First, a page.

Summer 2009 – new students and projects

Leave a comment
My two summer 2009 students Emilio Enriquez and Abigail Reiss

My two summer 2009 students Emilio Enriquez and Abigail Reiss

In one of my first posts I described the group of students who were working with me. Since the end of the semester (beginning of June) my group has changed considerably. I am going to give you an update since I think it is important to acknowledge my students without whom my research could not be done.Brent Macomber who worked with me since September 2006 as a UC-Berkeley under-graduate student, left at the end of May 2009. Over these past 3 years, he has been involved in the study of binary asteroids. We published various results together and more are coming. His contributions to the development and management of the VOBAD database and the data analysis of photometric observations of asteroids have been significant. Unfortunately, he left UC-Berkeley to start a Master at Texas A&M University in the field of aerospace engineering. I wish him good luck for his future which I am certain will be remarkably successful.

I was hoping that Michelle Kislak, under-graduate student at UC-Berkeley, will take over Brent’s projects after working with him in spring 2009, unfortunately she also left recently to work with another group (supernovae people). She seems to enjoy this new team and  the new management.

I am not yet “student-free” :-) Thru the Summer Research Experience for Undergraduates (REU) Program in Astrobiology at the SETI Institute, I hired Abigail Reiss, under-graduate student at San Francisco State University. Abigail will work 10 weeks at the SETI institute and will be involved in the observations and data analysis of low resolution spectra recorded with the 3m telescope at Lick Observatory. On June 16, we had one night of observations at the telescope and she will start soon processing the data using an code written by my colleague Josh Emery. To broaden this research experience, she will also use super-LOTIS, a 0.6m robotic telescope, to observe various asteroids and extract their light-curve (variation of brightness due to the irregular shape and spin of the asteroid).

Finally, I also hired a new lab assistant named Emilio J. Enriquez who is finalizing a master in astrophysics at the San Diego State University. Emilio will help me processing and analyzing the data collected in Feb 2009 using the VLT. I mentioned these new observations in my post written on March 11. “We requested time more than 1 year ago to observe (90) Antiope components spectroscopically using the Integral Field Unit SPIFFI mounted with the SINFONI Adaptive Optics system. In 2007, our group published an article and an ESO Press-release (PR) showing the orbit, shape and size (thus bulk density which indicates a rubble-pile interior) of this interesting and unique similarly-sized binary system. We conclude that most likely this double system formed by fission of a parent body, implying that the two components should have a similar composition. I hope these new comparative spectra of the two components will tell us more about this interesting possibility.” Interestingly, Emilio worked with me  at UC-Berkeley during the summer 2004 as an CfAO summer program student where he developed a software to improve the data analysis of asteroid images taken with adaptive optics on 8-10m class telescopes. The VOBAD database, previously mentioned above and released a few weeks ago, contains part of his work. This new project is different for him since it links adaptive optics and spectroscopy. Hopefully, we will manage to finalize the analysis of these complicated  data and write an article at the end of the summer.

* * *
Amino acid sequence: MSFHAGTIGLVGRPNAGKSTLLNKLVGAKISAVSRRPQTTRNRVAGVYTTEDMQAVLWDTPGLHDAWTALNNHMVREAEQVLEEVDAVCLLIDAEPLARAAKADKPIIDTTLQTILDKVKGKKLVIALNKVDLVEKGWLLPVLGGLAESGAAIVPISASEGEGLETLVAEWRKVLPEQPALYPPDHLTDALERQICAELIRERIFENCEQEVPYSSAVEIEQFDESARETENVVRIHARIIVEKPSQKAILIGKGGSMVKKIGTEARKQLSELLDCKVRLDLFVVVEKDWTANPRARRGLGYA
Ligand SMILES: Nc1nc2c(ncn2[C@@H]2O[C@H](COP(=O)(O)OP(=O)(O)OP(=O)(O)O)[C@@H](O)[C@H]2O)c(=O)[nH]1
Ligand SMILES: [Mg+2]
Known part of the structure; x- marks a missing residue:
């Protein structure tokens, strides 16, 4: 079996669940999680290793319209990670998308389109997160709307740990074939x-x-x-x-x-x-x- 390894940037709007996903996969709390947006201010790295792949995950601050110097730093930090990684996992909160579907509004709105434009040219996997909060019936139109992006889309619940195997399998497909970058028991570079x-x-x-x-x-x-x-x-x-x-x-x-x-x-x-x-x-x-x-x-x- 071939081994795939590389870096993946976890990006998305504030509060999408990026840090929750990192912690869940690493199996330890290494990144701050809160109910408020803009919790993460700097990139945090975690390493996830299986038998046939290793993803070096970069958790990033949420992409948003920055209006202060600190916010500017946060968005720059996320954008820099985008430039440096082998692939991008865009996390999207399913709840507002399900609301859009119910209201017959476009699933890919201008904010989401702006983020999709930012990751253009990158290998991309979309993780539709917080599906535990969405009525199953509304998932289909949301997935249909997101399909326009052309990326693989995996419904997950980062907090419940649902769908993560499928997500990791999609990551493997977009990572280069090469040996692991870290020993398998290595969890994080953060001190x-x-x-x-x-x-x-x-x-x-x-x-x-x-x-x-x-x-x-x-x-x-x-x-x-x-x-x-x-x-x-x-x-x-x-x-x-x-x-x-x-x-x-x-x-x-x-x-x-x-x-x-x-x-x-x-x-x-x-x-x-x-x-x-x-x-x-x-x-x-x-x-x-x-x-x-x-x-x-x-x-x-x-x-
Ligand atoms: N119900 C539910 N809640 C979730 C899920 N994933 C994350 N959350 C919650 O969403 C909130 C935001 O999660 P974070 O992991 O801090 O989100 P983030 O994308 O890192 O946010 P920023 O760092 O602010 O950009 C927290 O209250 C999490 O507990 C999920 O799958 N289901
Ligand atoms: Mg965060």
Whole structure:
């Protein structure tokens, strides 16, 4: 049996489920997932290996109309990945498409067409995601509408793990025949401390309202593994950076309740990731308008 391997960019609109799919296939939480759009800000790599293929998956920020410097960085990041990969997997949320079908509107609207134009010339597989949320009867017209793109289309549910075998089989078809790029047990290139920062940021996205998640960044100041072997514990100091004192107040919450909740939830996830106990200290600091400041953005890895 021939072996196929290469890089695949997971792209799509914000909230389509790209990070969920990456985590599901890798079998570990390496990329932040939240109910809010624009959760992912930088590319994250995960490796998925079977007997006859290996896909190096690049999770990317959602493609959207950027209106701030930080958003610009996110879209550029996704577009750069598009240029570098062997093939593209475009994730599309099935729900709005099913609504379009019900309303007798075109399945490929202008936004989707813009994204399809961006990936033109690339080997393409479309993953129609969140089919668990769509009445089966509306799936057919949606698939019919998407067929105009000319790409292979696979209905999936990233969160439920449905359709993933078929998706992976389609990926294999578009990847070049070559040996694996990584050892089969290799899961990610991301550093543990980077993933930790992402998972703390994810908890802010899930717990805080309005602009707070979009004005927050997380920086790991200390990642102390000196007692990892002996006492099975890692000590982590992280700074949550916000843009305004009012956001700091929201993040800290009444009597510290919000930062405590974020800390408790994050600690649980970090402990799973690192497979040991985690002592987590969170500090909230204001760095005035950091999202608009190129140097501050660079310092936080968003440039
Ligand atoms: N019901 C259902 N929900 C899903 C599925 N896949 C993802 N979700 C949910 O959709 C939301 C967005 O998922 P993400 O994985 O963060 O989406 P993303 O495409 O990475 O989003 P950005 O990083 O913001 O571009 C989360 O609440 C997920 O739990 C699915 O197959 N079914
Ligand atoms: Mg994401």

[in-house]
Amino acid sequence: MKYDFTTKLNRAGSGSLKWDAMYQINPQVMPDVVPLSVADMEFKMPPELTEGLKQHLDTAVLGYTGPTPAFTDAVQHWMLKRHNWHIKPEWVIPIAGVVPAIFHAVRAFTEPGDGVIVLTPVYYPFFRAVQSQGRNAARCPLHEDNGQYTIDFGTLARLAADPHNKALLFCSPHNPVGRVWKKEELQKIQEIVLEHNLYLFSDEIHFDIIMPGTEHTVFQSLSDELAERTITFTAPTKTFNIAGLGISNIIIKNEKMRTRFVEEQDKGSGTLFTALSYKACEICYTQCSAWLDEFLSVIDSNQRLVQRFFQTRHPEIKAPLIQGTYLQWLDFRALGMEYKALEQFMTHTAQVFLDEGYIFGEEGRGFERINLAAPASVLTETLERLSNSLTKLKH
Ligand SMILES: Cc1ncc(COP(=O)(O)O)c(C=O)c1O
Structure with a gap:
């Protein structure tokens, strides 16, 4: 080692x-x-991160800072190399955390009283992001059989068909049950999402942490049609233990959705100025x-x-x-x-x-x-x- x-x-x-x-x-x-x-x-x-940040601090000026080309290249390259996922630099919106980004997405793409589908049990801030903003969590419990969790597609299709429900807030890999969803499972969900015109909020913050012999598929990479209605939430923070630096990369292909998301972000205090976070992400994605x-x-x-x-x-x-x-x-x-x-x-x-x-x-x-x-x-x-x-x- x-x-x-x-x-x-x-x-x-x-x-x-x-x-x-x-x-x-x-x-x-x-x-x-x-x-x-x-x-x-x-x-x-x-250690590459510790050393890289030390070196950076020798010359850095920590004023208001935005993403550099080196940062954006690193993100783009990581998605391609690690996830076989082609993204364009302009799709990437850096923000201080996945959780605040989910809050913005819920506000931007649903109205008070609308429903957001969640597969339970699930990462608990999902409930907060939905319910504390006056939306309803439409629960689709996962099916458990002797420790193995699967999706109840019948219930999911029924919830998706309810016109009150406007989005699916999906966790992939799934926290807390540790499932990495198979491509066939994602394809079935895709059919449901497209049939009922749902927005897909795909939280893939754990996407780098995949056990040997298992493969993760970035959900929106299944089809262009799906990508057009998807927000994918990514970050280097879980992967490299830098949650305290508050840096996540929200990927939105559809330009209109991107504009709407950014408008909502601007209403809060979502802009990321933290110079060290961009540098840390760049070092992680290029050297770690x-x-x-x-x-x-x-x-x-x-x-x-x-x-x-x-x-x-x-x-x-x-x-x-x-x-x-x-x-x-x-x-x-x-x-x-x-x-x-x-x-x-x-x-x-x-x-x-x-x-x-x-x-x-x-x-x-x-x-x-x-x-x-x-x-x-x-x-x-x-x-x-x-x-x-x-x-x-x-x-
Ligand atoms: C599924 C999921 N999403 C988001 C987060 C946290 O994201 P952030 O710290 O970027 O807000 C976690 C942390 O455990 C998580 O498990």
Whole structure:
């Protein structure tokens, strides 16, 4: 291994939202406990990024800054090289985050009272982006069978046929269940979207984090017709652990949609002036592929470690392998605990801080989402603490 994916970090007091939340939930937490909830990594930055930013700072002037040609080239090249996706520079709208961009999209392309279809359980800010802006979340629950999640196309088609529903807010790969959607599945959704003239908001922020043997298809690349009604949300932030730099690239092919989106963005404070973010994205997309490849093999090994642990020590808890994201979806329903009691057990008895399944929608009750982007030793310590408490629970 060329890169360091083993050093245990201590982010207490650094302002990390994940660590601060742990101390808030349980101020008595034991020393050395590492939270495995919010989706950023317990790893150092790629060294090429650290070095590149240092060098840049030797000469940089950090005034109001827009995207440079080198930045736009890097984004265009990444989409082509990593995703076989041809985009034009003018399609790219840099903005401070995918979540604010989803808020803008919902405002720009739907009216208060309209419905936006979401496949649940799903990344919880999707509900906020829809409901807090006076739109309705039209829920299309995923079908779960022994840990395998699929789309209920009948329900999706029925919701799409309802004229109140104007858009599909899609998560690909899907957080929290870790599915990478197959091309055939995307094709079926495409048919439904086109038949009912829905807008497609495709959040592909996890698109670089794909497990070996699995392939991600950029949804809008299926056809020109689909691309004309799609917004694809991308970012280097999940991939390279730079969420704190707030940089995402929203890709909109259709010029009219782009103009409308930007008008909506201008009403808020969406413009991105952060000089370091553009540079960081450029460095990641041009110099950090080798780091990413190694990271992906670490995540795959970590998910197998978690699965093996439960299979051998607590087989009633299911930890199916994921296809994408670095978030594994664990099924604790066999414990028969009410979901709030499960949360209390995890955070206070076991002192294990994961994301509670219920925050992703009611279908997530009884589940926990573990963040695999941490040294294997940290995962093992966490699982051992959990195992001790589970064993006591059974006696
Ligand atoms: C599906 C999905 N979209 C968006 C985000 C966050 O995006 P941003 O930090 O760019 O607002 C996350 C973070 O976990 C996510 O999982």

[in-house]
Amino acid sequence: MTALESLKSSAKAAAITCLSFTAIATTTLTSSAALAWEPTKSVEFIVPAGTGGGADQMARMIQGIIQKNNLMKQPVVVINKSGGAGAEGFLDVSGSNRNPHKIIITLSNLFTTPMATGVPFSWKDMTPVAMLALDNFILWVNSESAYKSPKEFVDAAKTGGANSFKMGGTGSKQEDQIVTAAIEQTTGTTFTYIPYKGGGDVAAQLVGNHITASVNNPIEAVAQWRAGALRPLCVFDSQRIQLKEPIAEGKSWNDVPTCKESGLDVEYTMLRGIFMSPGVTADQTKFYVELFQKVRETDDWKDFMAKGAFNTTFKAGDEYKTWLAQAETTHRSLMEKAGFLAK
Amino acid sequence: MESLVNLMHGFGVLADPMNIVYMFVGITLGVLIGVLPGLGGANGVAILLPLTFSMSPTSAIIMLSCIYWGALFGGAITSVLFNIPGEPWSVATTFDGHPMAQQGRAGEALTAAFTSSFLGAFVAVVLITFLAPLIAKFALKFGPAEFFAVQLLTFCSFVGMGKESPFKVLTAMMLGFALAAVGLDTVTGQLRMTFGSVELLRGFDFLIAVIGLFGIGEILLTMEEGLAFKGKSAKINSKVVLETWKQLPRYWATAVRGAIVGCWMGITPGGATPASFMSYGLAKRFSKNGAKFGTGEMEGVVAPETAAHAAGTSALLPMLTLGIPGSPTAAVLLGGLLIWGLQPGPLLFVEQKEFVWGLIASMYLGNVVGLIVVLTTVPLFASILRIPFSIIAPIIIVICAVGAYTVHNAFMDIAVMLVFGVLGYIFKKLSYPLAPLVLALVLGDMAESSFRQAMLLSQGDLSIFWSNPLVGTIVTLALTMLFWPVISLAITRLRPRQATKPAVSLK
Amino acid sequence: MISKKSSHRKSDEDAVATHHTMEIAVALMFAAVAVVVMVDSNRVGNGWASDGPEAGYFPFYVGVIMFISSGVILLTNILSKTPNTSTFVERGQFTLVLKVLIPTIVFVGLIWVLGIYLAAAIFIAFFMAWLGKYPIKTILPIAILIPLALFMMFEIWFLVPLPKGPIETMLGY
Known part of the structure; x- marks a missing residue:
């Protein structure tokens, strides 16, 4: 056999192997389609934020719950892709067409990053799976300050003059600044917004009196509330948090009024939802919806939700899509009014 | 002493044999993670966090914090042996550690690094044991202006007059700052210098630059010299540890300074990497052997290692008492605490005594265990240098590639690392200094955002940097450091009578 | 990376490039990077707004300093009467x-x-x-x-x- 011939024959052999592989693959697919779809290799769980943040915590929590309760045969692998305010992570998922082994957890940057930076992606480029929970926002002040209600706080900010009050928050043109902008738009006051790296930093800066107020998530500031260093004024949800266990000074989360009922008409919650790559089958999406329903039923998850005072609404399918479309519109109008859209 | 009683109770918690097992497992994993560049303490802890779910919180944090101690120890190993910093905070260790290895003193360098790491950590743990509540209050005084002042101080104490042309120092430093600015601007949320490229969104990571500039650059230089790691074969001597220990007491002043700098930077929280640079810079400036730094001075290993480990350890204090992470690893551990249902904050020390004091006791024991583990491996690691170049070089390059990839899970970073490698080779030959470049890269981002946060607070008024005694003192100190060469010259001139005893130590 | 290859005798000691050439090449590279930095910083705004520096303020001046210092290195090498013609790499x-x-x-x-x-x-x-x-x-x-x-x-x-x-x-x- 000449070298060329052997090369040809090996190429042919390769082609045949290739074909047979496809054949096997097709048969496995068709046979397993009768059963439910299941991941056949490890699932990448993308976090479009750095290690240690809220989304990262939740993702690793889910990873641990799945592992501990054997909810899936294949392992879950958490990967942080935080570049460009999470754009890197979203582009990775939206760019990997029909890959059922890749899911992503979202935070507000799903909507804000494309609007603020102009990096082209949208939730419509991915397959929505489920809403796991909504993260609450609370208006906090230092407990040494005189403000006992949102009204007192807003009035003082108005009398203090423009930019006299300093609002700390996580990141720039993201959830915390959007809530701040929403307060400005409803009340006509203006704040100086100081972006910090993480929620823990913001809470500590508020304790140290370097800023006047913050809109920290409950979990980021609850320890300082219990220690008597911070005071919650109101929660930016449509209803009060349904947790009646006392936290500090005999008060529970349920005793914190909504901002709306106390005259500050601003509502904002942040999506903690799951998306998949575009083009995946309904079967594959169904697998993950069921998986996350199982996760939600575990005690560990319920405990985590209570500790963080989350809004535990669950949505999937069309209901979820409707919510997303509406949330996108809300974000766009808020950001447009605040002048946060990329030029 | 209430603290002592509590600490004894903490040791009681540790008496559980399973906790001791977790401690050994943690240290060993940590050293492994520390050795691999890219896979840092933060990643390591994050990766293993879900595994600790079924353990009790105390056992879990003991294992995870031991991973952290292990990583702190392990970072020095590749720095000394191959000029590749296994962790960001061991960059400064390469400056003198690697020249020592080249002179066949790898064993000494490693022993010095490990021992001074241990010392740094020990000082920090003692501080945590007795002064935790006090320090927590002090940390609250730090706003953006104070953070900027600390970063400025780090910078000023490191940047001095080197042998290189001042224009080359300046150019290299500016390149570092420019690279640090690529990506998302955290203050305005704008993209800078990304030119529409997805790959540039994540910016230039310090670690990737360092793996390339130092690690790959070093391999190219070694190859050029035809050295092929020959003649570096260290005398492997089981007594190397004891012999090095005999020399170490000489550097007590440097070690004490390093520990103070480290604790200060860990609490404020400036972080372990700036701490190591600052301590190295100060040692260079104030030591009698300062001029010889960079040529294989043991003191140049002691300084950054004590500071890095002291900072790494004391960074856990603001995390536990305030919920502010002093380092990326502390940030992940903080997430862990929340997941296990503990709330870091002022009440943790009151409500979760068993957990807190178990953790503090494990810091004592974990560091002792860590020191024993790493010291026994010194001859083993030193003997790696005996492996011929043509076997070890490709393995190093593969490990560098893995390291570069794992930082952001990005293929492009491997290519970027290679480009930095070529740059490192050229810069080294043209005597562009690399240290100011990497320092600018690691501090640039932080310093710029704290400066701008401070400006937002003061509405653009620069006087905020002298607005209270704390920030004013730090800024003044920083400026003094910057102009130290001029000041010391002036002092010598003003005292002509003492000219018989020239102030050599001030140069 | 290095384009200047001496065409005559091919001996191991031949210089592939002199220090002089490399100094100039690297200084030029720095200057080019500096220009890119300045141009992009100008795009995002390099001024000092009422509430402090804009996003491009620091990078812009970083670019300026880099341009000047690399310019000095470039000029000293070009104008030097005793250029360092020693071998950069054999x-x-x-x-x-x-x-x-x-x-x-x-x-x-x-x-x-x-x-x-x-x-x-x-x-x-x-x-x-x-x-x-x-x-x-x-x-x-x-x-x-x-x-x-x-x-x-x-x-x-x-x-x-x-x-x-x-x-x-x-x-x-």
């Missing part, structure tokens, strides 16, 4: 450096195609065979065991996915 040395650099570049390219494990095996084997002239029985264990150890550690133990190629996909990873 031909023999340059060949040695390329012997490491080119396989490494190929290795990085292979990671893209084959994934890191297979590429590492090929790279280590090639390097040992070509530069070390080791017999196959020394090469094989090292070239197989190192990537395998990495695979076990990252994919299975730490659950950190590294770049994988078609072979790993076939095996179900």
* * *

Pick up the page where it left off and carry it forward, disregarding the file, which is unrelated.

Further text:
It is going to be a very interesting summer, quite hectic but also more animated than the rest of the year. Since both students will be based at SETI Institute, I will spend significantly more time in the Silicon Valley.

I am attaching a few pictures that we took last week with Abigail and Emilio at SETI Institute.



The SETI group in front of the main entrance from left to right: Abigail Reiss, Franck Marchis and Emilio Enriquez

The SETI group in front of the main entrance from left to right: Abigail Reiss, Franck Marchis and Emilio Enriquez

About Franck Marchis

Dr. Franck Marchis is a Senior Researcher and Chair of the Exoplanet Group at the Carl Sagan Center of the SETI Institute since July 2007. Over the past 19 years, he has dedicated his research to the study of our solar system, specifically the search for asteroids with moons, using mainly ground-based telescopes equipped with adaptive optics. More recently, he has been also involved in the definition of new generation of AOs for 8 -10 m class telescopes and future Extremely Large Telescopes. He has developed algorithms to process and enhance the quality of images, both astronomical and biological. His currently involved in the Gemini Planet Imager Exoplanet Survey, which consists in imaging exoplanets using an extreme AO system for the Gemini South telescope. This new instrument is capable of imaging and recording spectra of young Jupiter-like exoplanets orbiting around nearby stars.

Leave a Reply

Your email address will not be published. Required fields are marked *

You may use these HTML tags and attributes: <a href="" title=""> <abbr title=""> <acronym title=""> <b> <blockquote cite=""> <cite> <code> <del datetime=""> <em> <i> <q cite=""> <strike> <strong>